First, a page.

We’ve had some tough times, lately, so when I looked at my TBR pile (composed primarily of history, science, and literature), I sighed. I just didn’t have the verve to crack one of those. I needed something fun, something fresh, something…easier. So, when a friend recommended Emily Arsenault’s The Broken Teaglass as a fun, engaging read, I jumped at the chance.
I’m glad I did.
The Broken Teaglass is Arsenault’s debut novel, and it has the kind of individuality and quirkiness that makes ardent fans of first-time readers.
Drawing on her own personal experience as a lexicographer, Arsenault has set this story in the editorial offices of a major dictionary publisher. The protagonists, Billy and Mona, are junior editors in the venerable firm of Samuelson Company. They are young, smart, attractive, and in the first pages you think you know where this is going–
But you don’t.
–for this book is not your standard mystery. In fact, I hesitate to label it a mystery because it isn’t filled with the standard tropes and baggage that come with that label. It has no detectives, no cops, no bodies in the courtyard. It has no red herrings, no clever misdirection, and no “reveal” at the end. But The Broken Teaglass does have a mystery. Hidden in the stacks of word citations that are the centerpiece of the dictionary’s editorial offices, Billy and Mona happen upon a clue to a thirty-year old secret. Once they get a taste of it, their humdrum routines of updating old definitions and fielding grammatical inquiries take a back seat as the pair Scooby-Doo their way to uncovering the length and breadth of the company’s secret.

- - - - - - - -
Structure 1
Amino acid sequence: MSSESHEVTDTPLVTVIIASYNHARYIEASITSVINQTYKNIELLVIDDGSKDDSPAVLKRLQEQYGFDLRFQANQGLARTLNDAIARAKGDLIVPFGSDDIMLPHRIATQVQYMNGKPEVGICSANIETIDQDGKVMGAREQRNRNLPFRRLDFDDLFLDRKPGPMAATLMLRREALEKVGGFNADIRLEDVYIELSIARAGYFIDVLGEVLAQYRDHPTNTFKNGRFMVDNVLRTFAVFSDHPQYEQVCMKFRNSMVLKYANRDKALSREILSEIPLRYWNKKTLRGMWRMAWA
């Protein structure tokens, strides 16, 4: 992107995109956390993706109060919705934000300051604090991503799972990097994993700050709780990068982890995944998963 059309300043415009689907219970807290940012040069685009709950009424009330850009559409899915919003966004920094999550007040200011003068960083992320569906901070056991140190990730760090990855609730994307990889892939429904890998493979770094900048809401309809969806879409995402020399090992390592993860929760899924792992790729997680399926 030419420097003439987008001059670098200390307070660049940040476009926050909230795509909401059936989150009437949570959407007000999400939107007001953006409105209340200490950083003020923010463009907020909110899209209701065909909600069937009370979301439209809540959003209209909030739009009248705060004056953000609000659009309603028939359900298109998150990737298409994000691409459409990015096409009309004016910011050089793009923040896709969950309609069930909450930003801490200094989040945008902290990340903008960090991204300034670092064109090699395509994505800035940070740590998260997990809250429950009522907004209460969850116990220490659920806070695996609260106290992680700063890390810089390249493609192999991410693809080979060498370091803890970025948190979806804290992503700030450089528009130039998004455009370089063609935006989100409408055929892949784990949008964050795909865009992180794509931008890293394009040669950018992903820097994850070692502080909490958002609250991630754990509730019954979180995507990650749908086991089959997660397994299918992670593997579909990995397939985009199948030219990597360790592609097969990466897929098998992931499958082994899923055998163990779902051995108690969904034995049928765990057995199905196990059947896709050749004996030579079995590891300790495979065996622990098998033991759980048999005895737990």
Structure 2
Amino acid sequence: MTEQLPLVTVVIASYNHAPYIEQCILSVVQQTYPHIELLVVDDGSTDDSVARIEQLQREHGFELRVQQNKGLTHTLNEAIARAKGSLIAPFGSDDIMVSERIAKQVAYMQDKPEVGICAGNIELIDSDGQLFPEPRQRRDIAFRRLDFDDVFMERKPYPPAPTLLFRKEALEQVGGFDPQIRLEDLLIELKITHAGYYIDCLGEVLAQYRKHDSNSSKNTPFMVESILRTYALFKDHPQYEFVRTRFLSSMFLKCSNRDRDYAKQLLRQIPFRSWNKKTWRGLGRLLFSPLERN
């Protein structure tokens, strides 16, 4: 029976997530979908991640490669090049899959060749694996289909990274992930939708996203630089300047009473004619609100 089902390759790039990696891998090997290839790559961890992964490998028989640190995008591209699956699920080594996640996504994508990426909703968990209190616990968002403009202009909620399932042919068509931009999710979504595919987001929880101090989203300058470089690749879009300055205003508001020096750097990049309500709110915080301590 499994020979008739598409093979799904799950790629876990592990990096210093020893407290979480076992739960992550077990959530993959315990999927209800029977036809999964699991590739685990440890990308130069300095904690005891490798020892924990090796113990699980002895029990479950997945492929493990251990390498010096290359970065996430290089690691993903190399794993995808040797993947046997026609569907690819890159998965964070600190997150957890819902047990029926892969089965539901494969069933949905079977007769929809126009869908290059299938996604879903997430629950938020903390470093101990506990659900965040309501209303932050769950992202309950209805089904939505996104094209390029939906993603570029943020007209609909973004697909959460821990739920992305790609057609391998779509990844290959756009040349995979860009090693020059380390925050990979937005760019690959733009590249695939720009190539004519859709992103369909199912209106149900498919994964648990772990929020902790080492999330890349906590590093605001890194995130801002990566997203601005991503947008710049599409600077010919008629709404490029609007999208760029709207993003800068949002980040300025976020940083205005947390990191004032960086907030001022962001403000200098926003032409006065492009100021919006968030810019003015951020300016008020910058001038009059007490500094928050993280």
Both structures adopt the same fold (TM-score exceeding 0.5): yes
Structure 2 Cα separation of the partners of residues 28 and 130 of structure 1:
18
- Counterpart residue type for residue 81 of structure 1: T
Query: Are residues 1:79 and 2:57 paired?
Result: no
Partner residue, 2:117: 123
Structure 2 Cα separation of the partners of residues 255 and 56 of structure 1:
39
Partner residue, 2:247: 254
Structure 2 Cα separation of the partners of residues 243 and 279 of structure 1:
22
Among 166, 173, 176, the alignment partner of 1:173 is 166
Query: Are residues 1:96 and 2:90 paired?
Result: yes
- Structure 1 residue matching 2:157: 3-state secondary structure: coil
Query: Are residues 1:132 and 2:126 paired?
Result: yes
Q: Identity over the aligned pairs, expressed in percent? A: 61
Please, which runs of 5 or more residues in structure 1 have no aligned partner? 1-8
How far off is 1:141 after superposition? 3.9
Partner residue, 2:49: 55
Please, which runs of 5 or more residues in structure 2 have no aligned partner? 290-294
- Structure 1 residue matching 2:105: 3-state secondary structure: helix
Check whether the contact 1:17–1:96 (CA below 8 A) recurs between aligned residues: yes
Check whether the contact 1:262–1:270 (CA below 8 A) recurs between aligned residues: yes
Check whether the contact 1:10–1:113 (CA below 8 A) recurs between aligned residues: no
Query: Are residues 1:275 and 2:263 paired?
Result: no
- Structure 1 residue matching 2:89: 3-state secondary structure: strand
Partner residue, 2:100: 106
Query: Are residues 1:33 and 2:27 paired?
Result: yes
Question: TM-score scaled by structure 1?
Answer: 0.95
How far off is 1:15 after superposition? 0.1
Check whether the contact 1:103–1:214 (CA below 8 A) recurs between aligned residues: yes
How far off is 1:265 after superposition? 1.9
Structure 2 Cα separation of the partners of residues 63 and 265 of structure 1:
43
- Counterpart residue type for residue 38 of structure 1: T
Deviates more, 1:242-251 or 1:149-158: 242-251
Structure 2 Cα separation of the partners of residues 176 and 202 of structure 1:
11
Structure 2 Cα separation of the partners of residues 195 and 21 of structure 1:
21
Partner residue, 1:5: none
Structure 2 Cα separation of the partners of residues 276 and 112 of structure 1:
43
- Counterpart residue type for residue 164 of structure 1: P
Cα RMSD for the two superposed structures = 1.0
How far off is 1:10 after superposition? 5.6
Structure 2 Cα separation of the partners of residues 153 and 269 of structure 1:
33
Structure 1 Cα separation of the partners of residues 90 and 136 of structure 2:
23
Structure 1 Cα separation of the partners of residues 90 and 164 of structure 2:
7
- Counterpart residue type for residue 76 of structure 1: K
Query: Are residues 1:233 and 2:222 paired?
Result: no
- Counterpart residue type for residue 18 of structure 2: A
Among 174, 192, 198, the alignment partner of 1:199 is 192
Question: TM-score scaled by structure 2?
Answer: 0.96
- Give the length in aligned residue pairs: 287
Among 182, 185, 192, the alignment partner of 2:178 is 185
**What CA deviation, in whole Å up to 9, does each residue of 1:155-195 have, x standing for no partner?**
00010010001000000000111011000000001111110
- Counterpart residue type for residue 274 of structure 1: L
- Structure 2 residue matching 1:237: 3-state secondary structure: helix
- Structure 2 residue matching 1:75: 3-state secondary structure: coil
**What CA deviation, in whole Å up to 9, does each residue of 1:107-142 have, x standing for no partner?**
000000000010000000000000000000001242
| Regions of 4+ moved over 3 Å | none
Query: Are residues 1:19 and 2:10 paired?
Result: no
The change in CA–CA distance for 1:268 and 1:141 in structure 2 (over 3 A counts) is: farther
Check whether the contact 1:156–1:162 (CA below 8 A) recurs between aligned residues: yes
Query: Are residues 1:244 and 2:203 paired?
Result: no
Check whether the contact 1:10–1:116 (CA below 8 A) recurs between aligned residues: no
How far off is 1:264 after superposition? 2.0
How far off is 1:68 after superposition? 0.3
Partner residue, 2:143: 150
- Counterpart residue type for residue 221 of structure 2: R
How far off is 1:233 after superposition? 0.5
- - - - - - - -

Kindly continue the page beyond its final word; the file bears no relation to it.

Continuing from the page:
Don’t think, though, that this book is just a romp. It’s fun, to be sure, especially for wordsmiths and lovers of words, but Arsenault breaks with convention at nearly every turn. Her characters aren’t heroic, but are unassuming, unusual, and full of personal history. The setting is neither gritty nor glamorous, but rather is the sort of mundane work-a-day place in which most of us find ourselves.
Arsenault has eschewed the flash and hand-waving of standard genre fare, and instead presents us with several mysteries at once; aside from the main mystery, there are the puzzles of who Billy and Mona are, why they are who they are, and how they got to where they are. Young and untried, relatively new to the “adult” world, the protagonists still have pasts that have molded their personalities. Surrounding these two are the mysteries of the other characters, the “old guard” at the editorial offices, and of who knows what, and how much.
The Broken Teaglass is not without faults. Arsenault’s timing is off in places, and the language is occasionally a bit affected. For me, also, the actions and thoughts of main male protagonist rang a bit false at certain points, as if he just didn’t add up. These are small points, however, passed over in a moment.
In the end, The Broken Teaglass is a fun read, engaging and fresh, from a promising new writer.